What did that feel like?
It felt fake. It’s always a shock to me that my art is not just little scribbles in my notebook but actually something that lots of people see and like and something that means a lot to them. It’s wonderful and I’m so excited to see my art in many more places.
To an up-and-coming artist, what’s one piece of advice you would give?
My two major pieces of advice would be:
To not give up. It’s easy to feel discouraged or to feel that there’s a lack of progress, but progress is only seen in retrospect. There have been many times in my life where I’ve felt like giving up, that I wasn’t moving forward anymore. It felt like, ‘Oh, this is as good as I’m going to get’ and I was always wrong. This mindset is common, particularly with younger artists. It’s easy to feel discouraged, it’s understandable, but you have to push though that.
My second piece of advice would be to get inspiration from a lot of places. Inspiration is everywhere and it’s not just other artists that will give you ideas. I get a lot of inspiration from reading. When I read someone’s words I have to imagine them in my head and it gives me those beautiful images that I can then translate into new images. Music is amazing for that too. I also really like history and historical fashion.
I think it’s good to lean into those other interests that we have for inspiration. They feed our imagination so much, even if they seem to have nothing to do with art. If someone is really interested in astronomy, in biology, in maths, it can work; it can make their art more special and beautiful. Lean into yourself.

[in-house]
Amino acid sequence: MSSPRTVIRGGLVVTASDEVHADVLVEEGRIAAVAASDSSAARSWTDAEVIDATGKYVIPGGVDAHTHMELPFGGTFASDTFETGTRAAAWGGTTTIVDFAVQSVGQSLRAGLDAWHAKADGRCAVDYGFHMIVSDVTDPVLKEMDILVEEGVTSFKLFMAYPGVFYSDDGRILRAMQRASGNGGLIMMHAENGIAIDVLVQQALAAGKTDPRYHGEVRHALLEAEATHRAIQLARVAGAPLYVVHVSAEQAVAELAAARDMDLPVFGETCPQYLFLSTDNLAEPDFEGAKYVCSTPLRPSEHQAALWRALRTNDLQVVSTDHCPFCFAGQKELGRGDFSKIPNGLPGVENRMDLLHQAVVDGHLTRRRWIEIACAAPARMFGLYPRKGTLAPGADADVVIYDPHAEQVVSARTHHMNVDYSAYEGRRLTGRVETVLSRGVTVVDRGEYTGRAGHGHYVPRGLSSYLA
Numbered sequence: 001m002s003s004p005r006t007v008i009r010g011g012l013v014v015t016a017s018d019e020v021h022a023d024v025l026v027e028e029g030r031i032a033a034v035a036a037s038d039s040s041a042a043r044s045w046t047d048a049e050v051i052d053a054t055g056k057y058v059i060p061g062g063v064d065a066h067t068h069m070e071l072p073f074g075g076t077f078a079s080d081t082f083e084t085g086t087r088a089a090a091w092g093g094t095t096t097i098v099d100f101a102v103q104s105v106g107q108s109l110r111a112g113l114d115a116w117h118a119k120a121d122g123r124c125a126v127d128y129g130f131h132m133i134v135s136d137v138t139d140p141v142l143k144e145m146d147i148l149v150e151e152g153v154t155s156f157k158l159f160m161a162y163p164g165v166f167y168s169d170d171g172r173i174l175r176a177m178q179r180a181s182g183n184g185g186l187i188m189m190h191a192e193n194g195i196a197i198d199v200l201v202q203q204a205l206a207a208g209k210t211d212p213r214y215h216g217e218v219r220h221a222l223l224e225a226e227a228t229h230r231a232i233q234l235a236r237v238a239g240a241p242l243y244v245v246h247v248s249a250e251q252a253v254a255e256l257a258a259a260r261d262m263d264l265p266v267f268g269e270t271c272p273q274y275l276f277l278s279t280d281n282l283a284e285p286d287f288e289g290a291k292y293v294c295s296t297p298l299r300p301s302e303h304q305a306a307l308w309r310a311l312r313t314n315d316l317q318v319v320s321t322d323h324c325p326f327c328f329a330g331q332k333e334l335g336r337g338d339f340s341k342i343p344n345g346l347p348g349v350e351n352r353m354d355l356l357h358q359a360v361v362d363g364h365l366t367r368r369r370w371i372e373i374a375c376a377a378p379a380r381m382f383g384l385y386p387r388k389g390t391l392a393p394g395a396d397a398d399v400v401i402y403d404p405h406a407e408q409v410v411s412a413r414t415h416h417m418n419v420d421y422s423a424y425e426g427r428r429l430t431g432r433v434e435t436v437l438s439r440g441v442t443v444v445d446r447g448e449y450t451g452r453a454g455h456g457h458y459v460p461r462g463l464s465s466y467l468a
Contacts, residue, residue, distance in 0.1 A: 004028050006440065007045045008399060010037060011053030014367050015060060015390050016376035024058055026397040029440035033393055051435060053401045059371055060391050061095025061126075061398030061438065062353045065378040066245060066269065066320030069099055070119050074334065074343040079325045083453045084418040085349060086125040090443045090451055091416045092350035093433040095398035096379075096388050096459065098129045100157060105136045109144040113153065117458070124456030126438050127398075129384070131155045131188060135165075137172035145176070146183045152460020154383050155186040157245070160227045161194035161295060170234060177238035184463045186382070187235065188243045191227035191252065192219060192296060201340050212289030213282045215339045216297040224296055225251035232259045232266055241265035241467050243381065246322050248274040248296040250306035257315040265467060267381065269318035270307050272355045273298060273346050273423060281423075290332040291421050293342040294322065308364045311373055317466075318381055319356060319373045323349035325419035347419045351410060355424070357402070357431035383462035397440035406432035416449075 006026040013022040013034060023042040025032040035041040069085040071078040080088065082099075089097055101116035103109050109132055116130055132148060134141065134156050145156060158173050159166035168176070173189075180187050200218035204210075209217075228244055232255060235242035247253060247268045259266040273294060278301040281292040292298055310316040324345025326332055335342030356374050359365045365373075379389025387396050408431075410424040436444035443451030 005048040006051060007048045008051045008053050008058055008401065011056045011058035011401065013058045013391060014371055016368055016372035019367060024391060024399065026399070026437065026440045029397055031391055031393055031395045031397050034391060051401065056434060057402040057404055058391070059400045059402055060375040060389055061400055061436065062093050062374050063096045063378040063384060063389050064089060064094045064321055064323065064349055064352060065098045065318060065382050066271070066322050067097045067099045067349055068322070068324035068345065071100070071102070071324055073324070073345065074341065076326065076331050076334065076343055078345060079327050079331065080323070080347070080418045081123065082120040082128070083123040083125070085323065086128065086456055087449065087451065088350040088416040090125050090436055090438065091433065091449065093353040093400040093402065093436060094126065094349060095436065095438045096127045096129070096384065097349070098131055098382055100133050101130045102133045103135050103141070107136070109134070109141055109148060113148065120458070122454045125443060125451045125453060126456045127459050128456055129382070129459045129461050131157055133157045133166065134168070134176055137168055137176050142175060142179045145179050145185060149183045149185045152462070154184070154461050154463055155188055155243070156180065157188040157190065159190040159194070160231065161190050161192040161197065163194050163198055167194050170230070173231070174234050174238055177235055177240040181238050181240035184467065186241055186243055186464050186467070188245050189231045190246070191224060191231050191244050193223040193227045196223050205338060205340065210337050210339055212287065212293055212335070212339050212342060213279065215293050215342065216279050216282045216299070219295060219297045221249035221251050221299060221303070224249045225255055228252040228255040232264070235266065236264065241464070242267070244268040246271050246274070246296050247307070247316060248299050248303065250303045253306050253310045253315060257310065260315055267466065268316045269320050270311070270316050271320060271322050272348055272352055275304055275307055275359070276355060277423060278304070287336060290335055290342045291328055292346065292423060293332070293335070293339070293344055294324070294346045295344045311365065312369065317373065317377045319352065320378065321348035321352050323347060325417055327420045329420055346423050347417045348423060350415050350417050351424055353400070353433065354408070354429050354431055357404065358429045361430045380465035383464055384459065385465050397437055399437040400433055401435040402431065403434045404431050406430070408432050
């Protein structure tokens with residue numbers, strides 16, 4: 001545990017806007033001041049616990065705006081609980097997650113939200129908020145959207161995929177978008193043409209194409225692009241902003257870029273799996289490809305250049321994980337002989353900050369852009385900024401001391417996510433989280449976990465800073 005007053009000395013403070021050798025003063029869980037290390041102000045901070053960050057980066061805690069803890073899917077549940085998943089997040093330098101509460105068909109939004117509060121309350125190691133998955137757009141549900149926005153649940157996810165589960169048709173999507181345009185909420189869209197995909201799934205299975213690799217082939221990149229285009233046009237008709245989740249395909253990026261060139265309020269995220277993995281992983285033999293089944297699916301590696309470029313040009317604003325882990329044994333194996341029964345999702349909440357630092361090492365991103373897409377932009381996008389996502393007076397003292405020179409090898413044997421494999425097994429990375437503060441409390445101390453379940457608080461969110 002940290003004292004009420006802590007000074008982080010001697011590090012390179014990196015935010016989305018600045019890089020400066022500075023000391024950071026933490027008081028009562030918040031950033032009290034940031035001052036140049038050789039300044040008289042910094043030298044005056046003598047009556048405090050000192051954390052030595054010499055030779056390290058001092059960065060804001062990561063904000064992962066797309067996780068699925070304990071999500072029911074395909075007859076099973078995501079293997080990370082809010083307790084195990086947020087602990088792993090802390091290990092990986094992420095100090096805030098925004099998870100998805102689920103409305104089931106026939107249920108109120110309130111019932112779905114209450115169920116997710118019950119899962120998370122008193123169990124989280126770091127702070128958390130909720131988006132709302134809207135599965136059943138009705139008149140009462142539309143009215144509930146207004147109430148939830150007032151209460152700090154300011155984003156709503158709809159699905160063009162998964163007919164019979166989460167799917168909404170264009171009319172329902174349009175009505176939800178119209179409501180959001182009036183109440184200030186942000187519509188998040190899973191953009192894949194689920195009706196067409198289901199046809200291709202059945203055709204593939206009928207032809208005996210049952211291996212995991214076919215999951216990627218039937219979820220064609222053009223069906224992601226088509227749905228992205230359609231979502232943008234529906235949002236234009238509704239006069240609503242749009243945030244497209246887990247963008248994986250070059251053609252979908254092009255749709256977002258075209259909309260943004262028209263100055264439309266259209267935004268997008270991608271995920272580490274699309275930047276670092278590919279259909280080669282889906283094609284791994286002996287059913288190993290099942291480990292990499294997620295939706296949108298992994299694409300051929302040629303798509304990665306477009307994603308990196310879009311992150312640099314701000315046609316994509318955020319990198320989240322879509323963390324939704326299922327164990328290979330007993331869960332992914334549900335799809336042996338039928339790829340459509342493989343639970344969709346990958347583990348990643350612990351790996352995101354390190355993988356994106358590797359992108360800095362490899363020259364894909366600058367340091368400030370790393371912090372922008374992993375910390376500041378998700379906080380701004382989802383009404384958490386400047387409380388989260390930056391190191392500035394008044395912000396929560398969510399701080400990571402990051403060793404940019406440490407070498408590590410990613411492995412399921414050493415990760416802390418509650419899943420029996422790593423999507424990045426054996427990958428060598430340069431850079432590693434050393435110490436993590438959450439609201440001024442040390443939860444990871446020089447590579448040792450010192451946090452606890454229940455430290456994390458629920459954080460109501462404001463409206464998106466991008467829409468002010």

What would be your dream brief?
I have so many! I would love to be able to work with the Louvre. That would be amazing because that’s where my love for art started. If I could make a book for them, I would love it.
I have favourite books that I would love to illustrate, Wuthering Heights is one of them. I would also love to illustrate Charles Baudelaire’s The Flowers of Evil that was translated by George Dillon and Edna St. Vincent Millay, which is my favourite book of poetry. I think poetry can be inaccessible to some people and having images makes it a lot less so.
I would love to illustrate books that are seen as complicated or tough, and help people fall in love with them like I did.
To work with Dahlia, get in contact with her agent Anna here.